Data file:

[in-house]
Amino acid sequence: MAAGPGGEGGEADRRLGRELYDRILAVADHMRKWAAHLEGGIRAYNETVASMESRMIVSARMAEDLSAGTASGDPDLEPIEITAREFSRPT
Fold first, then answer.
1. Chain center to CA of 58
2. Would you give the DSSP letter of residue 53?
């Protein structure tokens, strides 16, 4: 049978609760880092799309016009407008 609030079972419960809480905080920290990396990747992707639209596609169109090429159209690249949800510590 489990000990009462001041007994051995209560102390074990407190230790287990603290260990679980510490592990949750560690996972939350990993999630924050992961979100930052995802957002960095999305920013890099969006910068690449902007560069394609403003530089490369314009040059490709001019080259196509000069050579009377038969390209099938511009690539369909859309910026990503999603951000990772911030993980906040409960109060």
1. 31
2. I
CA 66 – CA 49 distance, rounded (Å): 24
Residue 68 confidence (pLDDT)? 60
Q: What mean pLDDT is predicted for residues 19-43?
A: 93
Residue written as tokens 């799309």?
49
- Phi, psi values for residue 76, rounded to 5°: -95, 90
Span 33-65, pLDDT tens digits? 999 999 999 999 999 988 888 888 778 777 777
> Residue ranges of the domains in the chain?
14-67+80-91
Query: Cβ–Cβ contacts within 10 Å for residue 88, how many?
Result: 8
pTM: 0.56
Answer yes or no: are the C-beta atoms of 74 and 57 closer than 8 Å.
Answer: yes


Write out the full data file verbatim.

[in-house]
Amino acid sequence: MAAGPGGEGGEADRRLGRELYDRILAVADHMRKWAAHLEGGIRAYNETVASMESRMIVSARMAEDLSAGTASGDPDLEPIEITAREFSRPT
Fold first, then answer.
1. Chain center to CA of 58
2. Would you give the DSSP letter of residue 53?
């Protein structure tokens, strides 16, 4: 049978609760880092799309016009407008 609030079972419960809480905080920290990396990747992707639209596609169109090429159209690249949800510590 489990000990009462001041007994051995209560102390074990407190230790287990603290260990679980510490592990949750560690996972939350990993999630924050992961979100930052995802957002960095999305920013890099969006910068690449902007560069394609403003530089490369314009040059490709001019080259196509000069050579009377038969390209099938511009690539369909859309910026990503999603951000990772911030993980906040409960109060």
1. 31
2. I
CA 66 – CA 49 distance, rounded (Å): 24
Residue 68 confidence (pLDDT)? 60
Q: What mean pLDDT is predicted for residues 19-43?
A: 93
Residue written as tokens 């799309």?
49
- Phi, psi values for residue 76, rounded to 5°: -95, 90
Span 33-65, pLDDT tens digits? 999 999 999 999 999 988 888 888 778 777 777
> Residue ranges of the domains in the chain?
14-67+80-91
Query: Cβ–Cβ contacts within 10 Å for residue 88, how many?
Result: 8
pTM: 0.56
Answer yes or no: are the C-beta atoms of 74 and 57 closer than 8 Å.
Answer: yes